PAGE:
People who are areligious are not making a statement about their belief position on deities, they are making a statement about whether they participate in any particular religious clubhouse or identify with any particular religious practice. While a lot of that 22.3% are either unbelieving or don't conduct their lives any differently than an unbeliever, they still potentially could have any sort of theistic beliefs. The only ones you can take to the bank don't believe in any deities are the ones willing to say so explicitly.

It is logical to assume that a significant number of people don't believe or have extremely serious doubts, but still aren't willing to admit it, even to themselves. One of my surviving brothers fits that description. He was raised with unbelief in the category of "unthinkable", so it is just not a place he goes to in his thoughts. He hasn't been to church in thirty years, has no prayer or devotional life, but he still keeps a few church-y sayings on the walls of his apartment and will answer yes if you ask him if he's a Christian. Privately, to me and probably his wife, he will admit that he doesn't believe in god, but somehow he can't bring himself to apply the A-label. He is not one who would say "Atheist" on a survey. He can't bring himself to admit it. He's conditioned to see it as a personal failure.
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04-04-2017, 07:14 PM
RE: What sort of person is susceptible to the god delusion?
(03-04-2017 08:22 PM)Aliza Wrote:  
(03-04-2017 08:14 PM)Full Circle Wrote:  To be fair you changed “moderate beliefs” to “moderate religious values” not that if you interchanged them it would substantially change your question, or would it? Consider

I didn't notice the slip. To me religious values and beliefs are pretty much the same thing, but that may be because I'm from an action based religion, not a faith or belief based religion. I don't think it changes the question, though. Even if someone was raised to believe in Jesus, does that automatically mean that they need to be cured? Adding to that, the question is about someone from a well adjusted home.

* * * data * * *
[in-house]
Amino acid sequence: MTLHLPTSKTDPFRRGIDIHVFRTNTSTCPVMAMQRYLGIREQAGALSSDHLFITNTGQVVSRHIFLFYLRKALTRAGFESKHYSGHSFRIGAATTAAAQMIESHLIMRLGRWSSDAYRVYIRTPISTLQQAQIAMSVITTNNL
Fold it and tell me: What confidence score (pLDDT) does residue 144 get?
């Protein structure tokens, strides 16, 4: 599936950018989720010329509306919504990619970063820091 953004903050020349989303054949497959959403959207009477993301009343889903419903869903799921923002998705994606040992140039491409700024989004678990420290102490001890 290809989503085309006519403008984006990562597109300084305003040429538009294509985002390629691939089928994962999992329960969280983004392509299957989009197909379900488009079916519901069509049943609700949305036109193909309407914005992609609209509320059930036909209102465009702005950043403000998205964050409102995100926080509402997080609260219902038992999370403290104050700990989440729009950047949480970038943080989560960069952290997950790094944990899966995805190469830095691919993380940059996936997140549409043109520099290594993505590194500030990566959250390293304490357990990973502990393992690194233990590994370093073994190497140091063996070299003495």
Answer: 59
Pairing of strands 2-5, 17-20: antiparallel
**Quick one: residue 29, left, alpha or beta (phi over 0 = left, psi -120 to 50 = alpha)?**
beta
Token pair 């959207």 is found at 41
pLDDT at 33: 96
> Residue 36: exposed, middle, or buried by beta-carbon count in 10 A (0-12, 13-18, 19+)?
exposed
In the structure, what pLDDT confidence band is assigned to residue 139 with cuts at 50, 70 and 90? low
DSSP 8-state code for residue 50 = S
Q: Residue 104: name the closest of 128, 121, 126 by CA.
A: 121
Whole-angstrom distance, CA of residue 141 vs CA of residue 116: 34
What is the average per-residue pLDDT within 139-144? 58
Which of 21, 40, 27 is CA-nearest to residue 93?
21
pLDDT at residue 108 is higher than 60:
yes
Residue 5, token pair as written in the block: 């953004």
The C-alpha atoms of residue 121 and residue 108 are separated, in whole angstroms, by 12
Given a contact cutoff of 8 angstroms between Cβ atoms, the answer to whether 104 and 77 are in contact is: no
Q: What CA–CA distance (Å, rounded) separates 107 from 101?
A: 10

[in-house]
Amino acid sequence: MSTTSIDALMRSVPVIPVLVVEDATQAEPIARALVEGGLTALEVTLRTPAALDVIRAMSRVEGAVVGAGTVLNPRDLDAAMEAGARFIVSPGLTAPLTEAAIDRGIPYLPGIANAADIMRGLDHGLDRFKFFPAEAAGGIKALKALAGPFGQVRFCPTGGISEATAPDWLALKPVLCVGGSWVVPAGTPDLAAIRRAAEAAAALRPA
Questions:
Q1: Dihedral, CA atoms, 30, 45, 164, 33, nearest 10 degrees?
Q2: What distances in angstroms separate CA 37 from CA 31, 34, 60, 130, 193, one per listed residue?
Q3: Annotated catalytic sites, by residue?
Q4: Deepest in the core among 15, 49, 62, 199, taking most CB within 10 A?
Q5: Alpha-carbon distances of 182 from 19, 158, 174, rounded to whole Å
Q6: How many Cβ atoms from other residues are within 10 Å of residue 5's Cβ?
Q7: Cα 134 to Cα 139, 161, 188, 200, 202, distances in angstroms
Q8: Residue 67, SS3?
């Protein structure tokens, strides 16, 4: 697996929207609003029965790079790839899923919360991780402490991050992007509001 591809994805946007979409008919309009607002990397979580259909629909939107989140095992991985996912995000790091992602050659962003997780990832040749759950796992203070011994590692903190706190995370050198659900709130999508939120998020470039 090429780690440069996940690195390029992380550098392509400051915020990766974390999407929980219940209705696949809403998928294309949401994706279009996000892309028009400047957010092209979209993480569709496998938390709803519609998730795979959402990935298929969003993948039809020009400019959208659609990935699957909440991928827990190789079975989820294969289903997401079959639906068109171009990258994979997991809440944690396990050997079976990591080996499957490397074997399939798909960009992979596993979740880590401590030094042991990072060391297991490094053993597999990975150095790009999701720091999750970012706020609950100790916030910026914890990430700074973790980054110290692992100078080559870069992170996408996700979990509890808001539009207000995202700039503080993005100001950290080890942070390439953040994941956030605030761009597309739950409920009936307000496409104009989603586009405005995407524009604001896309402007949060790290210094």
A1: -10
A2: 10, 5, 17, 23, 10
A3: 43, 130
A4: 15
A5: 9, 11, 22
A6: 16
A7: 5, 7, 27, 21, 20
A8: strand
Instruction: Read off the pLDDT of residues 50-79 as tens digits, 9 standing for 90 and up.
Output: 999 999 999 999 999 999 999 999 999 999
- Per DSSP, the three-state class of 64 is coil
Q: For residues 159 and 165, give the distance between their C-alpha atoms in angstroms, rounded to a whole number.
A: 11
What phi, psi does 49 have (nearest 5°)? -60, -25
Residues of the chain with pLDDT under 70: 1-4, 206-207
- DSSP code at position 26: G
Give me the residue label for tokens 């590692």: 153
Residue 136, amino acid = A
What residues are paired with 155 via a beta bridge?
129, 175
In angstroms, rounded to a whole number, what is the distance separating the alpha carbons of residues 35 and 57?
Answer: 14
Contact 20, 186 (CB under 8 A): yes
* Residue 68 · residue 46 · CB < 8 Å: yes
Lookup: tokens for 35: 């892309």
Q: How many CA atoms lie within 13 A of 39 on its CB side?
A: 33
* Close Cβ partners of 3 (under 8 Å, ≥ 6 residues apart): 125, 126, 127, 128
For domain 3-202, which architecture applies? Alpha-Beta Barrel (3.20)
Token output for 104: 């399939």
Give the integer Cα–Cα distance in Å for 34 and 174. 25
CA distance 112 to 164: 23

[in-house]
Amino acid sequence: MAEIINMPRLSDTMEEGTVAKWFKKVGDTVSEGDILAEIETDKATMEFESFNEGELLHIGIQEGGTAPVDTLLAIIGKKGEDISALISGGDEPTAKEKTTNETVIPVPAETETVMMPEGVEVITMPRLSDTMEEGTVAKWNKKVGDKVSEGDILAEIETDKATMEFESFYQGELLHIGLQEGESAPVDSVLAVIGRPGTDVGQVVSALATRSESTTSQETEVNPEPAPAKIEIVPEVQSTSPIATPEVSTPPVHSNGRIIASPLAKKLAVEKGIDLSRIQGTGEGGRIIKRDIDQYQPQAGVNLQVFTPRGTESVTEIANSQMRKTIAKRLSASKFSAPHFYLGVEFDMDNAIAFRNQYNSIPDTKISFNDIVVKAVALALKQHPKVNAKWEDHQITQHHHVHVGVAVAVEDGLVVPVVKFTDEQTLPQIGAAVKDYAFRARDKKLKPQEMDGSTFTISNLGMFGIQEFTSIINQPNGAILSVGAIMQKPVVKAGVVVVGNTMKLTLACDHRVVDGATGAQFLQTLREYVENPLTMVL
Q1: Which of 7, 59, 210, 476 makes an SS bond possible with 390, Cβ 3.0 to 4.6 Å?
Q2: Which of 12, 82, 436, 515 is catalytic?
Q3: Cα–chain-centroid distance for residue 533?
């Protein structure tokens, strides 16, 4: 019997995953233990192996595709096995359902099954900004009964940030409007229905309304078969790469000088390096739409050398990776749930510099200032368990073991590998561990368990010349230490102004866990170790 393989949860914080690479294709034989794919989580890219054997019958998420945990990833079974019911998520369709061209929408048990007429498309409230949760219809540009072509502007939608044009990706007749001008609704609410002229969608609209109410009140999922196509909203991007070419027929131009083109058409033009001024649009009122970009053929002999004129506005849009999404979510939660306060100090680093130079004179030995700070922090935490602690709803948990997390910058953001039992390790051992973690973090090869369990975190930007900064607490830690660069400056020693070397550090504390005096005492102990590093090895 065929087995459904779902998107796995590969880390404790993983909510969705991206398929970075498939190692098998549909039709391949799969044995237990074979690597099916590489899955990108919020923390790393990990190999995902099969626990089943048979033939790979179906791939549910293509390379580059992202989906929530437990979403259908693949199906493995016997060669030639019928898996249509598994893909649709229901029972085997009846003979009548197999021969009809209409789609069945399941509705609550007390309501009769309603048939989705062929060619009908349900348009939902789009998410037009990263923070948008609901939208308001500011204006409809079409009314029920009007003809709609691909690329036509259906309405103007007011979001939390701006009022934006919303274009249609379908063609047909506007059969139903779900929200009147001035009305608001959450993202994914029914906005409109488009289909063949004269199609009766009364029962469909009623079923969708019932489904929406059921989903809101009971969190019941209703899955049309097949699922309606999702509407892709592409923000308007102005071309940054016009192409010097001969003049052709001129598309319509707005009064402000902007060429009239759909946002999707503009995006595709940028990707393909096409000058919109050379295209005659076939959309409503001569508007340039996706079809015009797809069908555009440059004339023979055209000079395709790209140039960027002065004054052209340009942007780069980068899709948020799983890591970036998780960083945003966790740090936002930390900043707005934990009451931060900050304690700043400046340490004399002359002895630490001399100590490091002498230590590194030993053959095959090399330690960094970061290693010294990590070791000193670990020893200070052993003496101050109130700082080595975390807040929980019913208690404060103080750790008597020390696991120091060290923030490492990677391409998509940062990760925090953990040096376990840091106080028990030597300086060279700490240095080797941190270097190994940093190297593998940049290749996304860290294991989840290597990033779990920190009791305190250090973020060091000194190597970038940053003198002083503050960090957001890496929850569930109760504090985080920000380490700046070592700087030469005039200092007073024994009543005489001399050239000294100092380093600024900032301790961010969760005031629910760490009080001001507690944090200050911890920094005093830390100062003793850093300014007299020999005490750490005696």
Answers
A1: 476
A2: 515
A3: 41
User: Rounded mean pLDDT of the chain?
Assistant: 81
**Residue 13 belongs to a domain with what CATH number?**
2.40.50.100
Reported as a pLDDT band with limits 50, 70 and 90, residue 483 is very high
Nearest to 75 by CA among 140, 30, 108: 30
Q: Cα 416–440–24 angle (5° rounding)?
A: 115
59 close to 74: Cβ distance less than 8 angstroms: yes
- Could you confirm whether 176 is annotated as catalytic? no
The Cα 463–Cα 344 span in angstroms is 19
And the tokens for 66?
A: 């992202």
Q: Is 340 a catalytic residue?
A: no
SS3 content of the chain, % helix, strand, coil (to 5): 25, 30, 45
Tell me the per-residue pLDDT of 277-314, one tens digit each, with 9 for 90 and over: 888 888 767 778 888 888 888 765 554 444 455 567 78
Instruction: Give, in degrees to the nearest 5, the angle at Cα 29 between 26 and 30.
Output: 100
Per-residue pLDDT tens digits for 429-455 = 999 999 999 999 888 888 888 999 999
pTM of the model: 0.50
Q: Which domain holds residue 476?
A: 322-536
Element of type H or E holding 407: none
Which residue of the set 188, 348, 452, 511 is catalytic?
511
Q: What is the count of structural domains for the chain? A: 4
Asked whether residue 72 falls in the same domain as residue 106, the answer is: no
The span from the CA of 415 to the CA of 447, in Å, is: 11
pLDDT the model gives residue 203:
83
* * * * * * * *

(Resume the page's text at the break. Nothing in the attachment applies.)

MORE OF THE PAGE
What exactly is there to cure?

Not addressed to me, and no disrespect intended, but values and beliefs the same? I can see how values are something you hold on faith in a sense, no matter how you choose to rationalize them. I guess used in the religious sense "believe" expresses what you have confidence in beyond the hope of proof. I guess that is really what is meant by faith. I have faith my wife loves me. To say I hope she loves me doesn't really convey the same sense I suppose. I don't think I need a cure for believing my wife loves me either.

Somehow it bothers me to use "believe" to describe that which I "hope" is true rather than what I think there is good reason to believe. But in regards to that which there are no conclusive reasons to go on I suppose I can see why you do it.

“Tiger got to hunt, bird got to fly;
Man got to sit and wonder 'why, why, why?'
Tiger got to sleep, bird got to land;
Man got to tell himself he understand.”

― Kurt Vonnegut, Cat's Cradle
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04-04-2017, 07:28 PM
RE: What sort of person is susceptible to the god delusion?
(03-04-2017 08:32 PM)Thoreauvian Wrote:  
(03-04-2017 08:22 PM)Aliza Wrote:  What exactly is there to cure?

It would be an excellent start if we could cure theists of thinking they know what they only believe. All sorts of mischief springs from that proclivity.


Yeah, I think it behooves everyone to embrace their ultimate agnosticism, believers as much as atheists. It is fine to hang in there on faith regarding what there is no hope of verifying in conventional ways. But what's wrong with admitting that's what you're doing, especially to yourself?

“Tiger got to hunt, bird got to fly;
Man got to sit and wonder 'why, why, why?'
Tiger got to sleep, bird got to land;
Man got to tell himself he understand.”

― Kurt Vonnegut, Cat's Cradle
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04-04-2017, 07:47 PM
RE: What sort of person is susceptible to the god delusion?
(04-04-2017 05:32 AM)Robvalue Wrote:  I feel like it's to do with the ability and desire to uniformly apply scepticism/critical thinking. If you lack either, and you're surrounded by believers, you'll probably become one.

I'm always interested in what would have happened if I was indoctrinated into religion. I feel like I'd probably have found my way out, but I'm sure that hard enough indoctrination could break anyone.


We probably disagree about this, but I find I much more often agree with you. I don't know that one can by skepticism and critical thinking alone put together a meaningful set of goals and values. There is more than that to being a person I think but I don't have a rock solid interpersonal case to make for this. So you go be you.

“Tiger got to hunt, bird got to fly;
Man got to sit and wonder 'why, why, why?'
Tiger got to sleep, bird got to land;
Man got to tell himself he understand.”

― Kurt Vonnegut, Cat's Cradle